We tender apology.
For numerous stories
For ironic poetry of centuries
For jokes through ages,
We tender apology.
Trivia that we heard
Nonsense that we said,
We tender apology.
In Layyah, a remote district in Punjab, Pakistan a 24 year old girl was raped by three men including the guy who was her lover and then she was killed and hanged with a tree. The killer built a relationship with the young lady as he used to buy milk from the victim’s family but the snake in him killed her as serving milk to him was of no avail. In Jatoi, Amina, an 11th grader was ditched by Nadir Bhand, her paramour; self-immolated herself in front of the police station and succumbed to her burns. It will be of interest to know that literacy for women where Amina lived is only 10%. Maryam in Khanewal slapped a guy from Raja tribe for teasing her and was stoned to death next night outside her house. In 2013, in New Delhi, a student of medicine was raped in the bus but the men equipped with their weaker weapons were not satisfied and they then used iron rod to damage her vagina and intestine. She died in the hospital after being in coma for few days. In Lahore, Gulu Butt, leading a police party got fifteen victims dead including two burqa-clad women. And before this we saw the brutal murder of Farzana right in front of the Lahore high court, by her father and brother attacking her with bricks because she married a thug of her own choice. In UP, India, Pappu Yadev and his friends raped two young cousins and then hanged their dead bodies with two branches of a mango tree. Meer, a celebrated Urdu poet says,
“Gallows tree in putrid times
Bears fruit of Mansoor’s head.”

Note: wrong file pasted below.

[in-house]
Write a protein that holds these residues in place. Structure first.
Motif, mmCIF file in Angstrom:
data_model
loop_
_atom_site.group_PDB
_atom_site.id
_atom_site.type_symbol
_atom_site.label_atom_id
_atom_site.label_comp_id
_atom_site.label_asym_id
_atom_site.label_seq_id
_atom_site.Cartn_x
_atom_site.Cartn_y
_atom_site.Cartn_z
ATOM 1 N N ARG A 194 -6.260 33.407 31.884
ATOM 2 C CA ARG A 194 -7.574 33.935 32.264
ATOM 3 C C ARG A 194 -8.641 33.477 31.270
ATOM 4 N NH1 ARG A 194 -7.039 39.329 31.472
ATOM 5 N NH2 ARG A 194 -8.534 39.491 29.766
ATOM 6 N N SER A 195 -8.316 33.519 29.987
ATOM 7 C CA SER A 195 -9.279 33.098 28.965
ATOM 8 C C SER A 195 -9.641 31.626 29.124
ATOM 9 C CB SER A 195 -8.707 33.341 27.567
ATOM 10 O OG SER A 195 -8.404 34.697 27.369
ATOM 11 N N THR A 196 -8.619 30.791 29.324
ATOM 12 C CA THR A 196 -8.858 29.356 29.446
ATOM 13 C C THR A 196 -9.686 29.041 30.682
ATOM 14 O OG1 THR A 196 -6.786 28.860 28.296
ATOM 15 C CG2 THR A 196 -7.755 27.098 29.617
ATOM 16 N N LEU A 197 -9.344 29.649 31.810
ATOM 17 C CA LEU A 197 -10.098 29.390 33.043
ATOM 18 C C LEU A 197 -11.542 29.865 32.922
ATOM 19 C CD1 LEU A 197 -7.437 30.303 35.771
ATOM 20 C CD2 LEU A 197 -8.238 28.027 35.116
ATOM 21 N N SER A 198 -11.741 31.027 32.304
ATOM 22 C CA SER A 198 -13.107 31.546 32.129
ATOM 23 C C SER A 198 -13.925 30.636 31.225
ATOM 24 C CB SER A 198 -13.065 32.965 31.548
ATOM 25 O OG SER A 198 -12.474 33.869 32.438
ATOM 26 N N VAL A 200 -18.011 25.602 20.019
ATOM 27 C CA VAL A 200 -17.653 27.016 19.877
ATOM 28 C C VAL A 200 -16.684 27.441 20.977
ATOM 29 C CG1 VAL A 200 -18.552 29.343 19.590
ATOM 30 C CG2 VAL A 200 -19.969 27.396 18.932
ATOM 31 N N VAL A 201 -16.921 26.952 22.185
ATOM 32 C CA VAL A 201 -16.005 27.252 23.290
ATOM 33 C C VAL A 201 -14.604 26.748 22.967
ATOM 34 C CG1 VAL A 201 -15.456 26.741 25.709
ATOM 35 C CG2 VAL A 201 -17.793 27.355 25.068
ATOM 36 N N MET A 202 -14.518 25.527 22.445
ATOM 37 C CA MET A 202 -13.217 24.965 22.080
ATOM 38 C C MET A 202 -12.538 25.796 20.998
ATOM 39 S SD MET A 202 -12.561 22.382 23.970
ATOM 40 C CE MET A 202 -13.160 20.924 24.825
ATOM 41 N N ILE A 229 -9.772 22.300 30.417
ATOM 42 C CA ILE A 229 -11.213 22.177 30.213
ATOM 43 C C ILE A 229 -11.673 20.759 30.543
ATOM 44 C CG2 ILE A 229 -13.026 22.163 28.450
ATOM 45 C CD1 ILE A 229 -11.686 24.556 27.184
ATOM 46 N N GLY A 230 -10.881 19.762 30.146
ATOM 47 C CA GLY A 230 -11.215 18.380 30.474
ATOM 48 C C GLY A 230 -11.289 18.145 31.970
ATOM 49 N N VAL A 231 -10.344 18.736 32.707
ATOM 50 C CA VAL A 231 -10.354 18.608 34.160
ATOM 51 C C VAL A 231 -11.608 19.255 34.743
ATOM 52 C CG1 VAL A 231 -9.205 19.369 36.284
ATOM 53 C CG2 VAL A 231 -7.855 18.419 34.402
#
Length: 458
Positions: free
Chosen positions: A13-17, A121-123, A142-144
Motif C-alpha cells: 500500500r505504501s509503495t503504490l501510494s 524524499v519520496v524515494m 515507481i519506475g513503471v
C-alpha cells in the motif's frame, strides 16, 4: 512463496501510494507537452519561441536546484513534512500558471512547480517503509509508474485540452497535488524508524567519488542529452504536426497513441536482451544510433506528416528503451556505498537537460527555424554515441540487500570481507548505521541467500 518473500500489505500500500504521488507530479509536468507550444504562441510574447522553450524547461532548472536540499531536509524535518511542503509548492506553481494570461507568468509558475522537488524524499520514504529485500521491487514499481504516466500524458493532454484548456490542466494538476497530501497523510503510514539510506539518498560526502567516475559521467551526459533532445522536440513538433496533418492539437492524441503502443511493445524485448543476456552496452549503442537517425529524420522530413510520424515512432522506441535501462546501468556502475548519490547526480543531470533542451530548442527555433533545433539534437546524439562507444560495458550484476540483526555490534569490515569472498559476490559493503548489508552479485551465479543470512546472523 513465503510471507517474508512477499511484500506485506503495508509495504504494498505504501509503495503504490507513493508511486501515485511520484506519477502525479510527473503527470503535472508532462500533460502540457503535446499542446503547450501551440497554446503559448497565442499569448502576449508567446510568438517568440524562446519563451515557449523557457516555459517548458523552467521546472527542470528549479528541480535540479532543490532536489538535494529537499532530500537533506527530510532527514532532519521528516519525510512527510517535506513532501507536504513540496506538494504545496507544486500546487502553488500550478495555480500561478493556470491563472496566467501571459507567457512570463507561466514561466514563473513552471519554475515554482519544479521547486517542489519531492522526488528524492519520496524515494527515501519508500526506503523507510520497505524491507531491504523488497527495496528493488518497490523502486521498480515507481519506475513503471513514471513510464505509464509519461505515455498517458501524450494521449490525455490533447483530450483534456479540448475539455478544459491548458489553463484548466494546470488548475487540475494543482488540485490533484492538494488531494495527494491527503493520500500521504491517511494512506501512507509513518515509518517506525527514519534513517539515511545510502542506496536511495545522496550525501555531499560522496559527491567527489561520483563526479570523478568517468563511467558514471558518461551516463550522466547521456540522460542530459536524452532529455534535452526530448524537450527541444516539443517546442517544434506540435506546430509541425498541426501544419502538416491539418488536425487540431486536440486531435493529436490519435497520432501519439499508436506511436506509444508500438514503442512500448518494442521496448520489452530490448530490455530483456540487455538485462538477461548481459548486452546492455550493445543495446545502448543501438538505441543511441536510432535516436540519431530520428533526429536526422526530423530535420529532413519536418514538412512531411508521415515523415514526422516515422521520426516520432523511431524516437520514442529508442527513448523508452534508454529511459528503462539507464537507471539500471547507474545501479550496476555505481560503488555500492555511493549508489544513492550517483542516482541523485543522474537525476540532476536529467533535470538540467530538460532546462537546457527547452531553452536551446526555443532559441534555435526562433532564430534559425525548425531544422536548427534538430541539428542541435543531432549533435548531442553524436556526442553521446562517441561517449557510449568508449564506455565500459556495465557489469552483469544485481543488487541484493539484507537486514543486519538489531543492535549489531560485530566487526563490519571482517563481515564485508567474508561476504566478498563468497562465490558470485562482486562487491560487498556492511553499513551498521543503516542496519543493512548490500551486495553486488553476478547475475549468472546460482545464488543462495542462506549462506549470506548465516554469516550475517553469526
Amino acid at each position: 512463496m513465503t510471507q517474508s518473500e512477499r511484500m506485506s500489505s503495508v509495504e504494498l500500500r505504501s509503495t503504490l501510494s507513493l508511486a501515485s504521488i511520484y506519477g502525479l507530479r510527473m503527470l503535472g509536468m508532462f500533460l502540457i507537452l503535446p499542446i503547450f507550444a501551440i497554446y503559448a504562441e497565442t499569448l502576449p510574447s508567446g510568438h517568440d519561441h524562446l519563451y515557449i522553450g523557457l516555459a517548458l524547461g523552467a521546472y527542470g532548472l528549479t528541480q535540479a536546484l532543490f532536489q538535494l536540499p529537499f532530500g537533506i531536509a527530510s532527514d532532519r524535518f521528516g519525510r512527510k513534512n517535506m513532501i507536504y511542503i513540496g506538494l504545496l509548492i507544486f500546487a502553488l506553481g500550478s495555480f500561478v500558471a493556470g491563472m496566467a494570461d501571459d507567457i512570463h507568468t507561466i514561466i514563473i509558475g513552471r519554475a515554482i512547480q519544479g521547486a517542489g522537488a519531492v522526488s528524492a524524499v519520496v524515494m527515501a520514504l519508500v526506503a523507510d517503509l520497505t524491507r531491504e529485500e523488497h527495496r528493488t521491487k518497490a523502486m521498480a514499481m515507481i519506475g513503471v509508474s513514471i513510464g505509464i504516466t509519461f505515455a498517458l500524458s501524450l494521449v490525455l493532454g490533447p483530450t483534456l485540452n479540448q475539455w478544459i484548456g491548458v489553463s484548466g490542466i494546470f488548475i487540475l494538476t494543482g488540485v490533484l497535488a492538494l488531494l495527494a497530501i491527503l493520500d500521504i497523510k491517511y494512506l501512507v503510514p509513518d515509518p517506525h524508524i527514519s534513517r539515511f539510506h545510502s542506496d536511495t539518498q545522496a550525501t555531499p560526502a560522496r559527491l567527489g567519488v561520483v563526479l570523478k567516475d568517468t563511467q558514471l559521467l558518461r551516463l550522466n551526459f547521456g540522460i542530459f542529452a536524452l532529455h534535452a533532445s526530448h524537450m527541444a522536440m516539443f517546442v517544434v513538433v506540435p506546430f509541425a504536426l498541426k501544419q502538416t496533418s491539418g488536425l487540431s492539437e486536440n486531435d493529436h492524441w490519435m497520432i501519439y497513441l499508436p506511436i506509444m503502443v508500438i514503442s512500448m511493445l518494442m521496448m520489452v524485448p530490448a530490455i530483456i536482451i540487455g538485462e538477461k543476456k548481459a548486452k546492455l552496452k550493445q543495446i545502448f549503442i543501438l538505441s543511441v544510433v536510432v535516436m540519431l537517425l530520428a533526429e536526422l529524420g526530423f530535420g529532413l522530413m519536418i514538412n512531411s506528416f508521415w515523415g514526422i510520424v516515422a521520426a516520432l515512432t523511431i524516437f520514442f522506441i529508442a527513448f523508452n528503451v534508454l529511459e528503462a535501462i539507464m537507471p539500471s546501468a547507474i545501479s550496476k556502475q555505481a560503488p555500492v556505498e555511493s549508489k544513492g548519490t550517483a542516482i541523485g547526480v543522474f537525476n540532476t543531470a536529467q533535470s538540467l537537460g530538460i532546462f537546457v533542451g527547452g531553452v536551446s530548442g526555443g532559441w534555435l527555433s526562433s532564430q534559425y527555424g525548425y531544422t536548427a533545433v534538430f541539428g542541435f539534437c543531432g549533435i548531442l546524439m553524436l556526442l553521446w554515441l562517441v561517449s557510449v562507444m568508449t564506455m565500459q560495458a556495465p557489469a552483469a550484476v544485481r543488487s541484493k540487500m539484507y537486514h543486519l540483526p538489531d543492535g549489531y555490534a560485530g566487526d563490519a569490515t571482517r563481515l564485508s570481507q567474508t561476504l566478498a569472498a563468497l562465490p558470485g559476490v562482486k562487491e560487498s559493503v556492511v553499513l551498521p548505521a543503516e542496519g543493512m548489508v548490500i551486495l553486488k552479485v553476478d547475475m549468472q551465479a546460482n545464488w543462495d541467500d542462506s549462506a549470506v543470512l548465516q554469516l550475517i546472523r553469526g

Mansoor Hallaj was the victim of the traditional clergy and the king’s alliance but his name became a metaphor of martyrdom for freedom and commitment. But when the dead body of a woman swings on a siris tree or two sisters in UP are dangling on the two branches of a mango tree in India, no metaphors are being coined, no poems written. Rifat Abbas and Anshu Malvia may help to evolve a new pro-women and pro-people narrative. It will be like transforming all these women who were killed or attacked from romantic stories of Sassi and Heer to Malala, Farzana, Maryam and Amina of our day as icons who stood for their convictions. It will be like recognizing Muktaran Mai as Rosa Parks for this part of the world.
Great magical realist, Garcia Marquez once said that all the complexity and solitude of Latin America could be described by the stench of a rotten guava. Shakespeare of yore, once said, there was something rotten in the state of Denmark. If you know the world’s mango capital of Multan, smell of rotten mangoes coincides with the dangling dead female bodies in UP, India in the mango season. Poverty and ignorance have produced RSS and Tablibans everywhere, the ultimate mega men who know nothing about mothers, women and love. Half men tying bombs to their bodies to prove their manliness while 600 million people in their countries live below poverty line. The land that they parade has deprived its women of their rights. Nicholas Kristof says that such people are more scared of a girl with a book than drones. Wish this lot of men knows that ISIS in Iraq and Syria, Boko Haram in Africa, Al-Qaeda in the stretches of Afghanistan and RSS in India have a common manifesto, which is transcultural and trans-human. Macho men killing indiscriminately. All of them need to tender an apology to all those mothers whose sons they kill and whose daughters they rape. An apology to their own mothers as well who raise them with love and never would have dreamed of turning their sons into scourge of earth. To change the old paradigm, we need to have a new narrative where women are respected and men stop seeing everything through a tool that blurs their vision. We have to transcend our sinfulness linked to a past, which can only be changed by revisiting the original narrative and coming back with a more truthful and real account.